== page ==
At least that appears to be the thinking behind Baltimore's plan to use its $10 million allotment of the $25 billion "robo-signing" settlement recently reached between the nations' five largest mortgage servicers and most states.
Baltimore Housing intends to use the $10 million windfall, drawn from the $60 million allocated to Maryland under the settlement, to level about 700 homes in the city, The Baltimore Sun reports.
The anti-blight measure represents one of many applications of settlement funds that may puzzle some industry observers, who expected fines levied on mortgage servicers for forging documents and illegally foreclosing on homeowners to flow exclusively to distressed borrowers. After all, such observers might say, distressed borrowers are the group that suffered at the hands of the five servicers and prompted an investigation into foreclosure improprieties in the first place.
Baltimore's $10 million allocation comes out of a $2.5 billion cash penalty on the servicers that will be distributed among 49 states. The money is only a small portion of the $25 billion settlement, much of which will reach homeowners in the form of principal write-downs. But the $2.5 billion piece of the pie has come under scrutiny recently due to reports that some states don't necessarily intend to use their share to help homeowners.
In Georgia, for example, the state will use its $99 million to draw business to the state, while in California, Gov. Jerry Brown has proposed using most of the money to pay down the state's debt, The New York Times reports.
Find Local Homes for Sale Browse through photos of millions of home listings on AOL Real Estate See Homes for Sale Search Foreclosures for Sale Critics like Mark Calabria, director of Financial Regulation Studies at the Cato Institute, say use of the funds for purposes other than mortgage relief was "absolutely predictable," since "no strings were attached" to the $2.5 billion portion of the settlement.
"This reinforces in my mind that this was just a shakedown [of the banks] by the states without actually guaranteeing that anyone who was harmed would actually be compensated," he says.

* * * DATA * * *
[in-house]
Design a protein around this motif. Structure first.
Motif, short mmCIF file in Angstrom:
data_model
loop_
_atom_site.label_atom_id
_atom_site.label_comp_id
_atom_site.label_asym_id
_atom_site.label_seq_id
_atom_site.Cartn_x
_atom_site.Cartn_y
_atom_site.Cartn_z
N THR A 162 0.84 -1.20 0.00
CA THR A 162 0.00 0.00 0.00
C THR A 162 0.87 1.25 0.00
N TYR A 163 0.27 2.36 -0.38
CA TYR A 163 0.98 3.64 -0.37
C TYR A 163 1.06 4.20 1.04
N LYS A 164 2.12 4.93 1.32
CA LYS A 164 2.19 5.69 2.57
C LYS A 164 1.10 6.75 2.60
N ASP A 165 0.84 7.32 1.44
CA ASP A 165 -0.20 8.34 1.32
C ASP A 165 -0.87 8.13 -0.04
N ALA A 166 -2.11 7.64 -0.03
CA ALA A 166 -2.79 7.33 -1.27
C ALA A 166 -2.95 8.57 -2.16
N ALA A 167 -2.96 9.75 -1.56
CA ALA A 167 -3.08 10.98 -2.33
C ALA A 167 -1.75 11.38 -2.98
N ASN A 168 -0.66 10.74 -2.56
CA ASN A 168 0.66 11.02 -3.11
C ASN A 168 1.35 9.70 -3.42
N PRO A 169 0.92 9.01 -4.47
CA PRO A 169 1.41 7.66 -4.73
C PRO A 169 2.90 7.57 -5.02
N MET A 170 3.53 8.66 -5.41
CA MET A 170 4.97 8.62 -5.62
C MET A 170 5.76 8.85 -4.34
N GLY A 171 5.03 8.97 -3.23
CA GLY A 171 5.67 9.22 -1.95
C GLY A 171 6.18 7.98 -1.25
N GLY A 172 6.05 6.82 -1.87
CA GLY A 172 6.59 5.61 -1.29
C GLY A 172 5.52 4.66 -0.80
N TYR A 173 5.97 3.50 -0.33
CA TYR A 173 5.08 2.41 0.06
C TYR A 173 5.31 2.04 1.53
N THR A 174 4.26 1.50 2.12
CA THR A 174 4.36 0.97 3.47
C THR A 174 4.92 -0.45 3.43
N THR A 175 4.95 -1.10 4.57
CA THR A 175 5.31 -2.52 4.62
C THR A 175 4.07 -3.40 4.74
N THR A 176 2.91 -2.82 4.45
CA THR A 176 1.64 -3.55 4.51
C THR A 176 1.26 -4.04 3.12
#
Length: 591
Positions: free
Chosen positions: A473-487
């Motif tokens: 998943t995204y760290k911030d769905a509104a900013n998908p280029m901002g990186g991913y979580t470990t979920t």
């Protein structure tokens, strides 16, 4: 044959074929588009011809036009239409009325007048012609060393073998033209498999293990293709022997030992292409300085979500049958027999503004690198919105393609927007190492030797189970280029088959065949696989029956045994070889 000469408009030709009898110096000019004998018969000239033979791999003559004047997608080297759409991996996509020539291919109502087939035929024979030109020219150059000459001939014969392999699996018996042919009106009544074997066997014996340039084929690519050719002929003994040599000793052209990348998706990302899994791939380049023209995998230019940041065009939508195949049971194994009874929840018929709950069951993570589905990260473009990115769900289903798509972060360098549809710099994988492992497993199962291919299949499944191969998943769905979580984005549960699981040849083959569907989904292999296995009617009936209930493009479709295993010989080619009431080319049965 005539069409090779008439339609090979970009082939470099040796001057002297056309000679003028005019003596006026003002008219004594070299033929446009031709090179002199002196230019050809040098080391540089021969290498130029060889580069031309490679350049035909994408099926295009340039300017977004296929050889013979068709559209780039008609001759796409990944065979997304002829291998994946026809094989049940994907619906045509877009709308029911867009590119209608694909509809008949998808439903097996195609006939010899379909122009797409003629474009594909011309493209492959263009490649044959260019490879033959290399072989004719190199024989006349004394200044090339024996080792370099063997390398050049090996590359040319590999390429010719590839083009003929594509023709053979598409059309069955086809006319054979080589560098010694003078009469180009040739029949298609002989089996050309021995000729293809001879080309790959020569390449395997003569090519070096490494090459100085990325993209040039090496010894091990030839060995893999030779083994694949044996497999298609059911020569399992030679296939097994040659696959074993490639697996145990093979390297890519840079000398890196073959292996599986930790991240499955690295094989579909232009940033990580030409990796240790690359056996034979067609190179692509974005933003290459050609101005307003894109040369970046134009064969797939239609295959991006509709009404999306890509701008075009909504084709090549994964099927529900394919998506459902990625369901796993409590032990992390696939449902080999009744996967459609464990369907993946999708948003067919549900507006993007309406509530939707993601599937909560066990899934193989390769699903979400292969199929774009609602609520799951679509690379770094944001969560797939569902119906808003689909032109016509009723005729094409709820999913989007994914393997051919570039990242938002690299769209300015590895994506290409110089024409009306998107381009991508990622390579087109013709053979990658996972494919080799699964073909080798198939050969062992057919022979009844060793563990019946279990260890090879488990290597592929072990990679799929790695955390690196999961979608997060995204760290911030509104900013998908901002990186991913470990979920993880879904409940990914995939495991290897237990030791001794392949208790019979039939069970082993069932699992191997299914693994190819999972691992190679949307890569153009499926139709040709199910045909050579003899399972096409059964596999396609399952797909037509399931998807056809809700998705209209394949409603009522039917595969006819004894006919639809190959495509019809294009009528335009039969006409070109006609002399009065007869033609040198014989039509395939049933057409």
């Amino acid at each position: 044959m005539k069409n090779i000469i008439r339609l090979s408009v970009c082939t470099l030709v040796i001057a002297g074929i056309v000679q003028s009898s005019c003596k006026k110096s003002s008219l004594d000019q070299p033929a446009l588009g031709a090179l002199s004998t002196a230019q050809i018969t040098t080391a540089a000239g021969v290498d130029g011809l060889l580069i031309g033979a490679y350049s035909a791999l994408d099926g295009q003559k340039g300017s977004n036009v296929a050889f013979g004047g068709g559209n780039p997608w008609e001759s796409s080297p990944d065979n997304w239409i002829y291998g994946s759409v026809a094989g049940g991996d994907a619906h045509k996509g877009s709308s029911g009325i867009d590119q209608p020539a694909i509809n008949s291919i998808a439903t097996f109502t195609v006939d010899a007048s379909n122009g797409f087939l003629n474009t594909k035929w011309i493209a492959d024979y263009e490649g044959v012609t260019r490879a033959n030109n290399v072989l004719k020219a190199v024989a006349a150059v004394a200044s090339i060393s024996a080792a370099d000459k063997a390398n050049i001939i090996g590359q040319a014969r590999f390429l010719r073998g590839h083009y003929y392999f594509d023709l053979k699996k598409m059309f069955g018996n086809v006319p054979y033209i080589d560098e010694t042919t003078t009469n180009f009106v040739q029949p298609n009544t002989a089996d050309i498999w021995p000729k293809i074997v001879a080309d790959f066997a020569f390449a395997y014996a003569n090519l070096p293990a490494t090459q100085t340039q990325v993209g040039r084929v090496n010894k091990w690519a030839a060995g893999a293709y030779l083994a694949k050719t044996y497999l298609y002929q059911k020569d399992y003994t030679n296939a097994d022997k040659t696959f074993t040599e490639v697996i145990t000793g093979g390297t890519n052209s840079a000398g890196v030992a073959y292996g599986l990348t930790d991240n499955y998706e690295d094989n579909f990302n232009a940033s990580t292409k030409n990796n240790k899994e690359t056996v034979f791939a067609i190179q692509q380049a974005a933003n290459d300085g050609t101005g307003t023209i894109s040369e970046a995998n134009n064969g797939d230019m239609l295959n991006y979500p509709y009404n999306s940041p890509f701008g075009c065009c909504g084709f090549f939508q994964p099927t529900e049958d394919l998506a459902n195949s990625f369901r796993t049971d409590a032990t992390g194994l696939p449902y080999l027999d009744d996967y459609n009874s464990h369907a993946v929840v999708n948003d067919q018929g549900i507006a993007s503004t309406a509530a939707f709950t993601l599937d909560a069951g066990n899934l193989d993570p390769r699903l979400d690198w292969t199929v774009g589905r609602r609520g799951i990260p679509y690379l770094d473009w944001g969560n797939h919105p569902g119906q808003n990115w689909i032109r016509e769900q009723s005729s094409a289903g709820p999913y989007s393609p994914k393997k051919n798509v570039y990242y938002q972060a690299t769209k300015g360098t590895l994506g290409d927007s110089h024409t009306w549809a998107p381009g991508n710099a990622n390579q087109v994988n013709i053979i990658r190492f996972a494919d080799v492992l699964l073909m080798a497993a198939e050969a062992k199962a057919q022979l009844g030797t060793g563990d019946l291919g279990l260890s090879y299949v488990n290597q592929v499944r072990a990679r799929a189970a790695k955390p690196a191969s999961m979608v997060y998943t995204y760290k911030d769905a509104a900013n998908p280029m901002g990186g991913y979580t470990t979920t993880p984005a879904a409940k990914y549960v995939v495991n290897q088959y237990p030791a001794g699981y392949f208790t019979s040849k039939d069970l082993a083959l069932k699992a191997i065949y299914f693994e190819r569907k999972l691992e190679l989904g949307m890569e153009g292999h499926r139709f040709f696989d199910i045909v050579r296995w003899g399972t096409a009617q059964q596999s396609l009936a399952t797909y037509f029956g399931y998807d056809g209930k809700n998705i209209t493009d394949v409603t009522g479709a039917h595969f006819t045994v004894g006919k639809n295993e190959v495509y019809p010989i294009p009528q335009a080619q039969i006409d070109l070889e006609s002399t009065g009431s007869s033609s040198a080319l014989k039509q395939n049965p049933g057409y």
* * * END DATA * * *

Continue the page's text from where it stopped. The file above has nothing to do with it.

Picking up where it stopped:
But while Baltimore's plan seems to veer from direct aid to homeowners, it's certainly not completely unrelated to housing aid, like some others states' intended use of funds. In fact, demolition could actually prove a source of relief to distressed borrowers, experts say.
Demolition is one of several "non-development" approaches to combating deteriorating, bank-owned homes. Such homes, often left vacant, attract vandals, squatters and other forms of blight, dragging down property values and eroding the character of communities.
Demolition eliminates these insidious structures and leaves behind empty space that is often converted into green space. That may ease downward pressure on the value of homes in neighborhoods plagued by the vacant, bank-owned houses.
"Where redevelopment is infeasable, this type of strategy can be a low-cost and relatively quick means of transforming pockets of neighborhood blight into community assets," the 2010 Federal Reserve report on neighborhood stabilizations says.
Julie Day, deputy commissioner of the land resources division at Baltimore Housing, says that taking the wrecking ball to clusters of dilapidated bank-owned homes is an efficient way of eliminating excess housing supply in a city that has shrunk in recent years.
"It leaves sizable cleared green space that will create different opportunities."
Cities With The Most Homes in Foreclosure
Housing Prices and Existing-Home Sales Rise in April